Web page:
8. Nov 11, 2016

### Mister T

So, are you saying he's wrong? Because he continues in that article to refer to the $m$ that appears in relations like $p=mv \gamma$ as "the ordinary mass, the same as in Newtonian mechanics"? And I thought that that is what I was also doing.

9. Nov 12, 2016

### Staff: Mentor

I'm saying that I think he is using the term "Newtonian mass" or "mass as used in Newtonian physics" in a more restricted sense than was implied by your earlier post. If he did actually mean "Newtonian mass" to cover all of the ways the term "mass" is used in Newtonian physics, then yes, I think he was wrong. But I think it's more likely that he only meant "Newtonian mass" in a more restricted sense and didn't stop to consider the other senses of the word "mass" in Newtonian physics that do not correspond to $m$ (rest mass) in relativity.

10. Nov 12, 2016

### vanhees71

I'm fully agreeing with Okun. In Newtonian as in SRT mechanics $m$ is independent of the velocity of the particle. The quantity $m \gamma$ is just the relativistic energy of the particle divided by $c^2$ (see my posting above).

From a group-theoretical point of view, however, you are right that the notion of mass is completely different in Newtonian as compared to specila-relativistic physics. In Newtonian physics the mass is a nontrivial central charge of the Lie algebra of the quantum Galileo group, while it is a Casimir operator of the Lie algebra of the proper orthochronous Poincare group in the relativistic case. That explains why the mass superselection rule of non-relativistic QM doesn't hold in nature, which of course is relativistic :-).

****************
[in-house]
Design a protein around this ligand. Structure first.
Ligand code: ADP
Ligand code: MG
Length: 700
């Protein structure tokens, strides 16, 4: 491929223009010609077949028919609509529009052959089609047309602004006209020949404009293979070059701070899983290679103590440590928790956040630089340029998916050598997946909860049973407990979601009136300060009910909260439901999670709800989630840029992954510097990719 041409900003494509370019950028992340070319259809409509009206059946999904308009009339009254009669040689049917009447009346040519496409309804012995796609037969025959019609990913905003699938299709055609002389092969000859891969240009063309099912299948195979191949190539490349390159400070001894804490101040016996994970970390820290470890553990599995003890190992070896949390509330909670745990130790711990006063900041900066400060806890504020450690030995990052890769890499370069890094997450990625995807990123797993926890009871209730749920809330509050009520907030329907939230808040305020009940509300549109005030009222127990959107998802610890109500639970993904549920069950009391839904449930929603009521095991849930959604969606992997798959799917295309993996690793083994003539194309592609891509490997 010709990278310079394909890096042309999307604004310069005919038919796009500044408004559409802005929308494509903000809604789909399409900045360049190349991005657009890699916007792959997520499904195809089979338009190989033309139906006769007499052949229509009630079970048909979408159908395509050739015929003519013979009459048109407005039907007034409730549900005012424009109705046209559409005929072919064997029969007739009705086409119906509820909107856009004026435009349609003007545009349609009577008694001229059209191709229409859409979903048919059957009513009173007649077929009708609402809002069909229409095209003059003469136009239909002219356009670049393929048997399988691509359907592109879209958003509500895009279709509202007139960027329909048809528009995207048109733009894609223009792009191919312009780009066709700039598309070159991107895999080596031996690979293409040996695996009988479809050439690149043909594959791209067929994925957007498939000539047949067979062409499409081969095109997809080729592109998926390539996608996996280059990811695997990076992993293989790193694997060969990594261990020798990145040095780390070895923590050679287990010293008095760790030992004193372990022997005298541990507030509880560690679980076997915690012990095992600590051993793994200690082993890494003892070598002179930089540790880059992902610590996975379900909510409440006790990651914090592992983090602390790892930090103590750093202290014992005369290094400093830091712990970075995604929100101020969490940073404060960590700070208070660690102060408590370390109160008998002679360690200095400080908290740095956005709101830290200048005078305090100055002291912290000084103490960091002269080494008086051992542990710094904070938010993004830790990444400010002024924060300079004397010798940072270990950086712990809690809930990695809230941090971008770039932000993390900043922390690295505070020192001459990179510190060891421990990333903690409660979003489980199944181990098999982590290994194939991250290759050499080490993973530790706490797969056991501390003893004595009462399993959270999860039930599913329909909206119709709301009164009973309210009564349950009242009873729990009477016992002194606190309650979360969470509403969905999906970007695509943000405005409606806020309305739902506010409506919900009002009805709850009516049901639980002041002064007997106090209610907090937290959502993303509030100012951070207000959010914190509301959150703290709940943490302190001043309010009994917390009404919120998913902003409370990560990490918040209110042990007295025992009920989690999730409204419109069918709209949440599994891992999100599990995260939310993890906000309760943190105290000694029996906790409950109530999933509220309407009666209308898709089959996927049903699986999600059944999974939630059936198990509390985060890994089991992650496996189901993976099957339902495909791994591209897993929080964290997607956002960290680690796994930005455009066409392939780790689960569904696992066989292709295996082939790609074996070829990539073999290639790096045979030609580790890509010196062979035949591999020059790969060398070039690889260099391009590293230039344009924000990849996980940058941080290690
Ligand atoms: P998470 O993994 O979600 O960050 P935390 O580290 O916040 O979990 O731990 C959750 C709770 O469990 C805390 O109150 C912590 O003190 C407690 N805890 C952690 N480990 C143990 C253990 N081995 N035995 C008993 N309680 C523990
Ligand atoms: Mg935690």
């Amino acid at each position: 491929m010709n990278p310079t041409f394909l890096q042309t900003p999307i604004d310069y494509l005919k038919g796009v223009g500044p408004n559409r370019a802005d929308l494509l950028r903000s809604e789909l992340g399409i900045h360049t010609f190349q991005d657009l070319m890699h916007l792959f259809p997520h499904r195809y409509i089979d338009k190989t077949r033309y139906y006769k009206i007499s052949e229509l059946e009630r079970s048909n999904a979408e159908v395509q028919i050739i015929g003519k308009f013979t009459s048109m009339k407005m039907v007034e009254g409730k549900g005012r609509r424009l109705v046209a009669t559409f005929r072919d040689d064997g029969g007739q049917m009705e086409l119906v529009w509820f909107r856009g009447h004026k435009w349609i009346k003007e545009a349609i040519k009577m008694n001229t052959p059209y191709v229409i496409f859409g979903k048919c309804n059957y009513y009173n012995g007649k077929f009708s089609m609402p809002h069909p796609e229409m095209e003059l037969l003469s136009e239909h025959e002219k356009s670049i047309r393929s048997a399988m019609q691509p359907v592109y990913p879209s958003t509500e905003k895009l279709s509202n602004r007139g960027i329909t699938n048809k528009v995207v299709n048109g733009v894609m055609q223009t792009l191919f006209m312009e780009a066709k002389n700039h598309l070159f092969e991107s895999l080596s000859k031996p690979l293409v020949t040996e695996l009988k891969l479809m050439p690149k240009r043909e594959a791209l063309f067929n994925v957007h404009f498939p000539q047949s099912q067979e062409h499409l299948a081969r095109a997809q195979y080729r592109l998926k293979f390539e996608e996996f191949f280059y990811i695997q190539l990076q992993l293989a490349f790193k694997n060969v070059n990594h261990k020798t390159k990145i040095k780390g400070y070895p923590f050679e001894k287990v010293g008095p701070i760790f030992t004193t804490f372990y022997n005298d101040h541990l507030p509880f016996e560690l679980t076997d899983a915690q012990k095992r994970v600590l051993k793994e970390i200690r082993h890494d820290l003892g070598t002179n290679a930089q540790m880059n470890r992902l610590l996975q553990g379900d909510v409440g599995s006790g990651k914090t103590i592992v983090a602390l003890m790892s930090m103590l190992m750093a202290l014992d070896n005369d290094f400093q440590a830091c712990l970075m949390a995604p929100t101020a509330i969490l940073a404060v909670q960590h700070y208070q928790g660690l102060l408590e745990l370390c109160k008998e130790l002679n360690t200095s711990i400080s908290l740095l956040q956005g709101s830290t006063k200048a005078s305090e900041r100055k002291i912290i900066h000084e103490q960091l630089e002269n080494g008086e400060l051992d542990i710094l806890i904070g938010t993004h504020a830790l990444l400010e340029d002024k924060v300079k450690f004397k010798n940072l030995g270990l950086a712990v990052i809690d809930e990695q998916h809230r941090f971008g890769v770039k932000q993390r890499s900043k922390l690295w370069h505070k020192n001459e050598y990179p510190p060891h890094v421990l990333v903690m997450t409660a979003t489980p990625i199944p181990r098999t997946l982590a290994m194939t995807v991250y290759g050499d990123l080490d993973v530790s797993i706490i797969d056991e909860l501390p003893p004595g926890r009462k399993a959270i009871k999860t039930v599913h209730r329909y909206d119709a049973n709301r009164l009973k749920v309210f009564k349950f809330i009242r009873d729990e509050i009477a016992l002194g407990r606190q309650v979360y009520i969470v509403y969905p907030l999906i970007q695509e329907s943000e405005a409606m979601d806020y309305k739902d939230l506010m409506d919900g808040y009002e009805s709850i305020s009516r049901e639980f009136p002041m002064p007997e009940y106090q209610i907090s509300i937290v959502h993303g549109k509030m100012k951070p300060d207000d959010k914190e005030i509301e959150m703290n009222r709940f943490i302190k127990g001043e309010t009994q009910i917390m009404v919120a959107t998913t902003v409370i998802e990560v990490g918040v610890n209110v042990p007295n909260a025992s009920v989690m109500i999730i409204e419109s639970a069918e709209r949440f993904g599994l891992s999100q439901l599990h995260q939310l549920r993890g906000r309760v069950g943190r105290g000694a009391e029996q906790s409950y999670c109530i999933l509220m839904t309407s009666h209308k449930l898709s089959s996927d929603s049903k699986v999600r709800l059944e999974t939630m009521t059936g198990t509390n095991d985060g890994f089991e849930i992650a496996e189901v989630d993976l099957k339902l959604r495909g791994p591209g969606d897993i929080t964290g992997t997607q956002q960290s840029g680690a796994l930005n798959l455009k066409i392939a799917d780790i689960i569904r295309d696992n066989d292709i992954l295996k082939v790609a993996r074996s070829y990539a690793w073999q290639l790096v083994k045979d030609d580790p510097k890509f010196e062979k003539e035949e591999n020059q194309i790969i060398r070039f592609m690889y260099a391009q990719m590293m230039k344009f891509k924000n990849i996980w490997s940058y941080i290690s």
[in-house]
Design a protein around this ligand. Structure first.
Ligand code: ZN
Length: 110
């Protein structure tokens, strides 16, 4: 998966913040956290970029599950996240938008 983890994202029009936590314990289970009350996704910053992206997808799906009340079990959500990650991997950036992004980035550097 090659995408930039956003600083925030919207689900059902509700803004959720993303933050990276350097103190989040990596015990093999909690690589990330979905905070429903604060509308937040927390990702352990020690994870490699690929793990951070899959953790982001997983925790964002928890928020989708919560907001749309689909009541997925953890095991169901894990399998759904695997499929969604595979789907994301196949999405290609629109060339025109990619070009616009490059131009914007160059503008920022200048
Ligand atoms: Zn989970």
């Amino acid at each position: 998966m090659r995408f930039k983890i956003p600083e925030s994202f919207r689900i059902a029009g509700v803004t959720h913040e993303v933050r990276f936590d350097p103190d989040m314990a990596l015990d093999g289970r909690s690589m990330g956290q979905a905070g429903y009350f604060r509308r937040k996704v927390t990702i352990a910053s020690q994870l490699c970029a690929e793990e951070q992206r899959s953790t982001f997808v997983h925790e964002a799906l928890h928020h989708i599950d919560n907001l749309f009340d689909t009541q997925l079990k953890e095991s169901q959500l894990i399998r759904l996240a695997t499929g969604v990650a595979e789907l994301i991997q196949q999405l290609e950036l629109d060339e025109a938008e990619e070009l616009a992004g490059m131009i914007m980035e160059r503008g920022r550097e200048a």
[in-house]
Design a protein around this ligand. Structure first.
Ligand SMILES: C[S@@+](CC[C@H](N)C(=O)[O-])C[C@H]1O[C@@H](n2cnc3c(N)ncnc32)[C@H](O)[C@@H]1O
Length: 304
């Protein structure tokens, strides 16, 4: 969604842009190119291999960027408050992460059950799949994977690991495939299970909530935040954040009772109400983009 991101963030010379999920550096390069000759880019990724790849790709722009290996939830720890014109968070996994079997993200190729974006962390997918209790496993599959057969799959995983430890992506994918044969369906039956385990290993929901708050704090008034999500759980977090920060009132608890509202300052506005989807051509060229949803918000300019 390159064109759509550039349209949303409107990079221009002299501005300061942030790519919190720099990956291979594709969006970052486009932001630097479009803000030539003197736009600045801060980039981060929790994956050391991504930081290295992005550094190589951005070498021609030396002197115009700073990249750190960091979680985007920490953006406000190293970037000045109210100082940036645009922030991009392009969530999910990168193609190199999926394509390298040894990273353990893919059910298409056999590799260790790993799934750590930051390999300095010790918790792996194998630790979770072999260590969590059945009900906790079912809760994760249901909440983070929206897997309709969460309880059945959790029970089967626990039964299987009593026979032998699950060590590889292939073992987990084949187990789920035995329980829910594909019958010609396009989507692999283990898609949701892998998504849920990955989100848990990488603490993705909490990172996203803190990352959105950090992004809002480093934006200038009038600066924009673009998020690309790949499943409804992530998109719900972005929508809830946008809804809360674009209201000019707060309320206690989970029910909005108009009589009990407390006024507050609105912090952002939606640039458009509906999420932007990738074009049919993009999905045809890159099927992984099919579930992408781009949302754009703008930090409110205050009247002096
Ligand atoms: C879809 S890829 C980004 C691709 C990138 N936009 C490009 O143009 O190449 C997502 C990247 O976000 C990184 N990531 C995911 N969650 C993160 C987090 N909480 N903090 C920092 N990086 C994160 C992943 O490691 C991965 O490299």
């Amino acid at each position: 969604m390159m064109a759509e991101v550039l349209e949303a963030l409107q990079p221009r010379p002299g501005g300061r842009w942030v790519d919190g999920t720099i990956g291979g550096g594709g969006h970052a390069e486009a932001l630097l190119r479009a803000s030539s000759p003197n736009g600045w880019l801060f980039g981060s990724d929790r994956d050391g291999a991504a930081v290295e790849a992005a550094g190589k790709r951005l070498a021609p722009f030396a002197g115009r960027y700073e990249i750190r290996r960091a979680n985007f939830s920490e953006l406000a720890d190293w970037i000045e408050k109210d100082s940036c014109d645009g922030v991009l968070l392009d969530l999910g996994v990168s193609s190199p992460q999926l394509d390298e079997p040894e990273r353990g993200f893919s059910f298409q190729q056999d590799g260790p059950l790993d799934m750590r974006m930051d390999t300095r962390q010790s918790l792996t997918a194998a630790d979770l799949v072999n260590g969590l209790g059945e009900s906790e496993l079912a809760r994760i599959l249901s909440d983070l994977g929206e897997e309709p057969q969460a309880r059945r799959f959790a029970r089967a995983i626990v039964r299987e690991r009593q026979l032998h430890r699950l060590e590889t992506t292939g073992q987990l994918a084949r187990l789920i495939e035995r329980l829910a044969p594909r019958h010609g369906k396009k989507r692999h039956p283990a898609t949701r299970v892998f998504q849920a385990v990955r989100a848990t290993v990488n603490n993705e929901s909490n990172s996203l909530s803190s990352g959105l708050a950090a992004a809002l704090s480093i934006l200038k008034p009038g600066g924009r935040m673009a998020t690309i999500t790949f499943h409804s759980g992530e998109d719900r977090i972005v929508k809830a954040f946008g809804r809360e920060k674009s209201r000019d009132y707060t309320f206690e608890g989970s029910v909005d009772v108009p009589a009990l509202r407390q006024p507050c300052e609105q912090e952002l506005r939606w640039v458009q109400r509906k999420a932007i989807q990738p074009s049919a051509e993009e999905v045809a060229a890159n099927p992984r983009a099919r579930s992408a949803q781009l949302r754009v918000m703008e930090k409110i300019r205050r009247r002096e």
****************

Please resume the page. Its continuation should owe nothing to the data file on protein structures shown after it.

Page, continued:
11. Nov 12, 2016

### pervect

Staff Emeritus
Arguing about relativistic mass is mostly pointless. I'd recommend using whatever approach gets you the right answer - and being sure to be clear about which mass you are using if there's any question.

12. Nov 12, 2016

### Staff: Mentor

You are ignoring the fact that the $m$ you speak of refers to different things in Newtonian mechanics and SRT. In fact, in Newtonian mechanics the symbol $m$ refers to different things in different equations. So you can't even make the statement quoted above meaningful without specifying which Newtonian equation you are talking about. And depending on which Newtonian equation you choose, the statement quoted above, if you make it meaningful, might be false. (Strictly speaking, you also need to specify that by $m$ in SRT you mean rest mass/invariant mass, not "relativistic mass", but that convention is pretty well established now.)